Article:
Some Natural Language Processing: Using Trigram Hidden Markov Models and Viterbi Decoding to Tag Genes in Biological Text in Python

This problem appeared as a programming assignment in the coursera course Natural Language Processing (NLP) by Columbia University. The following description of the problem is taken directly from the description of the assignment.

In this assignment, we need to build a trigram hidden Markov model to identify gene names in biological text. Under this model, the joint probability of a sentence x_1,x_2,,x_n and a tag sequence y_1,y_2,y_n. A basic unigram HMM is shown in the figure below.

im0.png

Our goal in this assignment is to use Trigram HMM is defined as follows:

f1.png

where * is a padding symbol that indicates the beginning of a sentence and STOP is a special HMM state indicating the end of a sentence. The task is to implement this probabilistic model and a decoder for finding the most likely tag sequence for new sentences.

A labeled training dataset gene.train, a labeled and unlabeled versions of the development set, gene.key and gene.dev, and an unlabeled test set gene.test are provided. The labeled files take the format of one word per line with word and tag separated by space and a single blank line separates sentences, e.g.,

Comparison O
with O
alkaline I-GENE
phosphatases I-GENE
and O
5 I-GENE
I-GENE
nucleotidase I-GENE
Pharmacologic O
aspects O
of O
neonatal O
hyperbilirubinemia O
. O

The following shows a graphical model representation of yet another sentence to be tagged as shown:

hmm

An unlabeled test dataset is also provided, the unlabeled file contains only the words of each sentence and will be used to evaluate the performance of the model deveploed.

There are 13796 sentences in the training dataset, whereas the dev dataset contains 509 sentences.

The task consists of identifying gene names within biological text. In this dataset there is one type of entity: gene (GENE). The dataset is adapted from the BioCreAtIvE II shared task (http://biocreative.sourceforge.net/biocreative_2.html).

Here are the steps that are to be followed:

  1. Estimate the parameters of the Trigram HMM from the training data.
  2. Use the parameters learnt to compute the most likely tag sequence using viterbi decoding dynamic programming algorithm.

Compute MLE parameters for HMM

im1.png

Parameters estimated for HMM

The computed q parameter for HMM Tagger with MLE using the training dataset is shown below.

 ('*', '*', 'I-GENE'): 0.05429109886923746,
 ('*', '*', 'O'): 0.9457089011307626,
 ('*', 'I-GENE', 'I-GENE'): 0.6034712950600801,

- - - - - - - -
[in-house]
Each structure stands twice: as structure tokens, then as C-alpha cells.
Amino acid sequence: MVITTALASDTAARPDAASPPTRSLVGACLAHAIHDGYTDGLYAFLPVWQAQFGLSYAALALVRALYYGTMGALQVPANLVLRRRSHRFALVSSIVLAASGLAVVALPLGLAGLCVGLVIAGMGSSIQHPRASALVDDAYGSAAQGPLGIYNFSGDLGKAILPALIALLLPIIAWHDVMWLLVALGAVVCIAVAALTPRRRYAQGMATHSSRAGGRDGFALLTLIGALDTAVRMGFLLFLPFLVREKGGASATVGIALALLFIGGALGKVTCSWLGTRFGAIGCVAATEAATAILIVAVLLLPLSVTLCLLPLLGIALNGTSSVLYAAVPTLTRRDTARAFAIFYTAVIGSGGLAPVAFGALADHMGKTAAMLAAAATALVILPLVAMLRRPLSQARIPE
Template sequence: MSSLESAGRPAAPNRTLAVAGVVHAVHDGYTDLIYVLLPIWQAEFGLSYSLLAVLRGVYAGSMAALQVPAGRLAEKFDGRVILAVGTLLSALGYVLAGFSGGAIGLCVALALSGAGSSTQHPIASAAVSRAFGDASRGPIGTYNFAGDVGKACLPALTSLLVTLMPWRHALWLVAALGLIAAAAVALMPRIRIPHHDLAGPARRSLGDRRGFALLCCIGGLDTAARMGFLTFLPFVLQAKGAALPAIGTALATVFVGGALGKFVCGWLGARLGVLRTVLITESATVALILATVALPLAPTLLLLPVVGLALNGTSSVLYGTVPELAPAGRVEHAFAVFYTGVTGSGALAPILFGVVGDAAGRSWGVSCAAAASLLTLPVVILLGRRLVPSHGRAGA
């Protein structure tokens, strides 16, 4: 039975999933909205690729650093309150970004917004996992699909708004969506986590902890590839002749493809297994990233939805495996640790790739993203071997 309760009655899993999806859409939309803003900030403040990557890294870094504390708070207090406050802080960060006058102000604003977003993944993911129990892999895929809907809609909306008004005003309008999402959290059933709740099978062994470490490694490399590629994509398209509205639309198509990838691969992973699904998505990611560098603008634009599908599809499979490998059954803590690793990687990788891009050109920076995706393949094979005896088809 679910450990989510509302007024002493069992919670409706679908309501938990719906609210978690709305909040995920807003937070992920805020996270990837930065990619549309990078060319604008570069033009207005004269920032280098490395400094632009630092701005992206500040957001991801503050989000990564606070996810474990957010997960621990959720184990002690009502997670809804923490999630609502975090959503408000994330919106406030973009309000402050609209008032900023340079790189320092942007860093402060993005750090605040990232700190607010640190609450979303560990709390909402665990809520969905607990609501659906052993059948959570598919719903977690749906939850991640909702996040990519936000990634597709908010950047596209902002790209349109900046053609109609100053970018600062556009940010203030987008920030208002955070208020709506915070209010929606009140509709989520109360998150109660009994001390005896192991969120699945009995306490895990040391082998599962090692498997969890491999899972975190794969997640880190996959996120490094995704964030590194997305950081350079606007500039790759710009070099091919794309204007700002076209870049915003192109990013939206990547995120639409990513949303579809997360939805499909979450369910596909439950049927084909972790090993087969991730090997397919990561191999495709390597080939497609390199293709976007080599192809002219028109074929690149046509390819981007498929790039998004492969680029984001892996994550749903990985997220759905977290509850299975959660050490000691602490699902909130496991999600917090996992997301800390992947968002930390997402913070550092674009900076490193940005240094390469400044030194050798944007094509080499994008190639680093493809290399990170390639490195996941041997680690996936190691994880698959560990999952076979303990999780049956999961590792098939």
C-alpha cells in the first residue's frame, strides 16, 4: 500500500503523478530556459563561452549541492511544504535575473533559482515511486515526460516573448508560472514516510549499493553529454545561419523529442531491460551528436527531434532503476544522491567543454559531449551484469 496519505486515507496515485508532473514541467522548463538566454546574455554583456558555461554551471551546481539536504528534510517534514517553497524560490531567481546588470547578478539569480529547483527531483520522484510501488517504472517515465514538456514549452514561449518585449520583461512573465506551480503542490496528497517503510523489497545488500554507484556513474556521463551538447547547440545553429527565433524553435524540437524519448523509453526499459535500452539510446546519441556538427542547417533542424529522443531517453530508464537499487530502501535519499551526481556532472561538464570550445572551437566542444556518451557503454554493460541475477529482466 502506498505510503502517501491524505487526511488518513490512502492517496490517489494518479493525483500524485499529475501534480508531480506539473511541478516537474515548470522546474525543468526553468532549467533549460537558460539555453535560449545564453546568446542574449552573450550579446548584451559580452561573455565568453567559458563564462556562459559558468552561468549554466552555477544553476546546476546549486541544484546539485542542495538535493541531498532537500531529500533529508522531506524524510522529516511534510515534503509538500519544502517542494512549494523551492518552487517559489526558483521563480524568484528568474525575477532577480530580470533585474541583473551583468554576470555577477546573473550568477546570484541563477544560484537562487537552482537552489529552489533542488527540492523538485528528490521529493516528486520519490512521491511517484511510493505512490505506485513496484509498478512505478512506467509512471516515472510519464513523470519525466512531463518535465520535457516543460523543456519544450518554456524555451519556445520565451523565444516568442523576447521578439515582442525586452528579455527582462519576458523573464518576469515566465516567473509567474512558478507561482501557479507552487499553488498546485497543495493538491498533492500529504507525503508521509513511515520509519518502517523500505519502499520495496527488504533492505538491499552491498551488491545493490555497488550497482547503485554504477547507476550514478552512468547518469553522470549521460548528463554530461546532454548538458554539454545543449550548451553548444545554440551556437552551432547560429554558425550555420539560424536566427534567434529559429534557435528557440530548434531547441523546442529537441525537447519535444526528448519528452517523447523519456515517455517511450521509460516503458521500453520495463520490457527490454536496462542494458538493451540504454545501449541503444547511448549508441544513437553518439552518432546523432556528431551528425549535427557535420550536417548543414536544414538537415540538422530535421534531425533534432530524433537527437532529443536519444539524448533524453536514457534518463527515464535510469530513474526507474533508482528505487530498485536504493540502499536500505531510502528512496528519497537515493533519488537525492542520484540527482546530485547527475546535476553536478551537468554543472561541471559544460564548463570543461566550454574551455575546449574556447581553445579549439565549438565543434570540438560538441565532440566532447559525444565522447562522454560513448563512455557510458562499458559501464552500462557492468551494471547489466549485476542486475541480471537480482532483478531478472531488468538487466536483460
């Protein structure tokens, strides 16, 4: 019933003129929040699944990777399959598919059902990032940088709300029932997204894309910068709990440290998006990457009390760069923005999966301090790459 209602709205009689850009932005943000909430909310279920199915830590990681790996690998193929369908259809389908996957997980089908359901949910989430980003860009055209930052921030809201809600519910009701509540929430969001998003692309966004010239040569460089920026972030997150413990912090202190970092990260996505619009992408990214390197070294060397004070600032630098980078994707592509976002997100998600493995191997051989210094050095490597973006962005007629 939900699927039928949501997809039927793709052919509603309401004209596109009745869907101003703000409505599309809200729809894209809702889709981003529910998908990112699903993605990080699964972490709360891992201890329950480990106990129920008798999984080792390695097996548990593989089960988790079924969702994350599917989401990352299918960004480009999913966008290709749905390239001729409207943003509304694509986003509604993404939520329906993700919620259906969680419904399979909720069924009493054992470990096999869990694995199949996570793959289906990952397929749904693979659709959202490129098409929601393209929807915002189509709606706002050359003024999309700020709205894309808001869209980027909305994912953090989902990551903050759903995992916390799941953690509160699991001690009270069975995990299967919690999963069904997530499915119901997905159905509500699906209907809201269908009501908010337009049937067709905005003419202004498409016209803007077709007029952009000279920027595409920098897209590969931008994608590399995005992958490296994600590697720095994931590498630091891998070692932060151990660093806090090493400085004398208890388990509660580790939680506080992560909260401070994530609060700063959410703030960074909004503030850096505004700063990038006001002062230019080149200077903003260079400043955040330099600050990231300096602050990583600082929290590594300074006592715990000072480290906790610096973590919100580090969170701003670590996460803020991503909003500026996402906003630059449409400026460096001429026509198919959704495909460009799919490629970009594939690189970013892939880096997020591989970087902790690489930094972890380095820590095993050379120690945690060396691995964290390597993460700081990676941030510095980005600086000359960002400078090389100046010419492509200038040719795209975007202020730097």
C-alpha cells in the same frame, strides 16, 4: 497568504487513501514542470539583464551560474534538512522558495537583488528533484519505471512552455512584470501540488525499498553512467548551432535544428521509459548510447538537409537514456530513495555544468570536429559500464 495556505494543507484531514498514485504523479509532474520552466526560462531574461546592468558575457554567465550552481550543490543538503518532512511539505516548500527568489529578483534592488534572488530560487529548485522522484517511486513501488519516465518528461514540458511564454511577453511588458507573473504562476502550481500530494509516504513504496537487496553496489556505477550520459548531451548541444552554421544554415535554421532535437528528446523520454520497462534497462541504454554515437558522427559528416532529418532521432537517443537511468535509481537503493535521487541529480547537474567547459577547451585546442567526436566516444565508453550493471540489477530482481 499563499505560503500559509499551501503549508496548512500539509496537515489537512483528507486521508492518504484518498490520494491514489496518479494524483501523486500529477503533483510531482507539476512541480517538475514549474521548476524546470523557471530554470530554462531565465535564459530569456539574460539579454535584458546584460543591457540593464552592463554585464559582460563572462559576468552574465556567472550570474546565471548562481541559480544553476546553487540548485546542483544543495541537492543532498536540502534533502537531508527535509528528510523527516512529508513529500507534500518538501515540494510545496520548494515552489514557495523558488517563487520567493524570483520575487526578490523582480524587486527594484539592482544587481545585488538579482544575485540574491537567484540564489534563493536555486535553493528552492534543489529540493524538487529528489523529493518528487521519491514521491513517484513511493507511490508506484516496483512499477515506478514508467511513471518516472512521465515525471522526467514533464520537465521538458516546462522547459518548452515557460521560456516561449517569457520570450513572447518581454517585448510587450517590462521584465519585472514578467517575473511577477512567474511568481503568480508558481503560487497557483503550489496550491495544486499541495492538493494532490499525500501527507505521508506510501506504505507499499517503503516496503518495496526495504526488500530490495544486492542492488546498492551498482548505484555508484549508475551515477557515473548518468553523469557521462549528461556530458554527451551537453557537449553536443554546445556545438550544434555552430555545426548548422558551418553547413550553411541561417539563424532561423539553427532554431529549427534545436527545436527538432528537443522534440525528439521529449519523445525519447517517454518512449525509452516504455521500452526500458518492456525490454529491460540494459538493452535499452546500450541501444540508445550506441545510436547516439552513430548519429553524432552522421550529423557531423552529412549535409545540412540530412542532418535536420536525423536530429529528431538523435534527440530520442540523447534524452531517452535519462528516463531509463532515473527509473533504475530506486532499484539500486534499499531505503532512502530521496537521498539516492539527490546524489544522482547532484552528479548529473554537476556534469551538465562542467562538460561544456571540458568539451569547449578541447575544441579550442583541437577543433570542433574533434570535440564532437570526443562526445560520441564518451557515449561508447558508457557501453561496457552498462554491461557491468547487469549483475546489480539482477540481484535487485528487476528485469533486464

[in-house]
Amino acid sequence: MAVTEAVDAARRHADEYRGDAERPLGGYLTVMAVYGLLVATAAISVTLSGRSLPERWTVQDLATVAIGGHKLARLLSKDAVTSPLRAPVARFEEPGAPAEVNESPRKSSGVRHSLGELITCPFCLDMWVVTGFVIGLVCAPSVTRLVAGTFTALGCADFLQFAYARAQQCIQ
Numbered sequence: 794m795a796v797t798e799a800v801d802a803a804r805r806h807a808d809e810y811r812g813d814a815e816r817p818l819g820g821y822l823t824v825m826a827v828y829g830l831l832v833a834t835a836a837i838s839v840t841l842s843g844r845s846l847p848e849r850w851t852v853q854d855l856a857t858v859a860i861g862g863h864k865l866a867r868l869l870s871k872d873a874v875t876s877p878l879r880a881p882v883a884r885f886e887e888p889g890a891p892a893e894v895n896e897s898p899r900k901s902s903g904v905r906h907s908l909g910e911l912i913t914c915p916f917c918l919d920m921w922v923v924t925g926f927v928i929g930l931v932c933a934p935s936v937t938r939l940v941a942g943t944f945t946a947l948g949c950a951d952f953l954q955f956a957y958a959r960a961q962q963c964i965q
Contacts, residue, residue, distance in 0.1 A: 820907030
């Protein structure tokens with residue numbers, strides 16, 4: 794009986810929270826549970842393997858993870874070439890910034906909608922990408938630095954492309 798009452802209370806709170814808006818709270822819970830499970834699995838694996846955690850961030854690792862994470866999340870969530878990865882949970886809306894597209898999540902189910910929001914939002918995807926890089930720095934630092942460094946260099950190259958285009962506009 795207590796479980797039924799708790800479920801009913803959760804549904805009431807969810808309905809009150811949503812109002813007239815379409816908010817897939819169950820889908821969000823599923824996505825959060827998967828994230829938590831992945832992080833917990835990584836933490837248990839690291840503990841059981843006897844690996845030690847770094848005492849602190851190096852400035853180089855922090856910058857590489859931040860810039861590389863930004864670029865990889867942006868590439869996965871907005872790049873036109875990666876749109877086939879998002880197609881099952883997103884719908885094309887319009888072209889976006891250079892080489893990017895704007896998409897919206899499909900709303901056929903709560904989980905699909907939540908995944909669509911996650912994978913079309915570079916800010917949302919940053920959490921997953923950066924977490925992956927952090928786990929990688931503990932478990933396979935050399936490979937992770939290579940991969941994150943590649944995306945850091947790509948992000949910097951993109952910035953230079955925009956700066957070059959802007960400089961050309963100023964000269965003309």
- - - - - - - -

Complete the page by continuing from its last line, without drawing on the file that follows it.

('*', 'I-GENE', 'O'): 0.3951935914552737,
 ('*', 'I-GENE', 'STOP'): 0.0013351134846461949,
 ('*', 'O', 'I-GENE'): 0.04545106154671572,
 ('*', 'O', 'O'): 0.9543190005365219,
 ('*', 'O', 'STOP'): 0.00022993791676247414,
 ('I-GENE', 'I-GENE', 'I-GENE'): 0.6057704112952732,
 ('I-GENE', 'I-GENE', 'O'): 0.3937794147738899,
 ('I-GENE', 'I-GENE', 'STOP'): 0.0004501739308369143,
 ('I-GENE', 'O', 'I-GENE'): 0.20999759384023098,
 ('I-GENE', 'O', 'O'): 0.6809432146294514,
 ('I-GENE', 'O', 'STOP'): 0.10905919153031761,
 ('O', 'I-GENE', 'I-GENE'): 0.5778575025176234,
 ('O', 'I-GENE', 'O'): 0.422079556898288,
 ('O', 'I-GENE', 'STOP'): 6.294058408862034e-05,
 ('O', 'O', 'I-GENE'): 0.03741872901853501,
 ('O', 'O', 'O'): 0.9246458312860389,
 ('O', 'O', 'STOP'): 0.037935439695426

The following result shows the tag sequences generated with trigram HMM using the baseline tagger model, comparing it with the gold standard tag seuqences on the dev dataset for a sentence. The accuracy in terms of F1-Score is pretty low, it’s around 25.6%, as expected.

im3.png

im2.png

The Viterbi Decoding Algorithm to be implemented is shown in the next figure:

viterbi.png

The following result shows the tag sequences generated with trigram HMM using the viterbi tagger model, comparing it with the gold standard tag seuqences on the dev dataset for the same sentence. The accuracy in terms of F1-Score improves quite a bit, it’s around 39.9% now (less number of words are tagged inaccurately), as expected.

im4.png

  • Now, HMM taggers can be improved by grouping words into informative word classes rather than just into a single class of rare words. For this part we need to implement four rare word classes:
    1. Numeric The word is rare and contains at least one numeric characters.
    2. All Capitals The word is rare and consists entirely of capitalized letters.
    3. Last Capital The word is rare, not all capitals, and ends with a capital letter.
    4. Rare The word is rare and does not fit in the other classes.

These can be implemented by replacing words in the original training data and re-learning the HMM parameters with MLE. Be sure to also replace words while testing. The expected total development F1-Score is 0.42.

The following result shows the tag sequences generated with trigram HMM using the viterbi tagger model with rare word groupings, comparing it with the gold standard tag sequences and viterbi tagger model without rare word groupings on the dev dataset for a couple of sentences. The accuracy in terms of F1-Score improves more, it’s around 42% now, as expected (still lesser number of words are tagged inaccurately).

 

im5.png

The following figures show some outputs produced with Viterbi using rare-word groups.

hmm191.png

hmm486.png

hmm232.png

hmm6.png

hmm8.png

hmm13.png

hmm19

hmm28

hmm36

hmm48

hmm55

hmm70

hmm75

hmm77

hmm79

hmm81

hmm95

hmm99

hmm115

hmm124

hmm138

hmm100.png

Summary of Results

Tagger Precision Recall F1-Score
0 Baseline 0.158861 0.660436 0.256116
1 Viterbi 0.541555 0.314642 0.398030
2 Viterbi with Rareword groups 0.534940 0.345794 0.420057

im6.png

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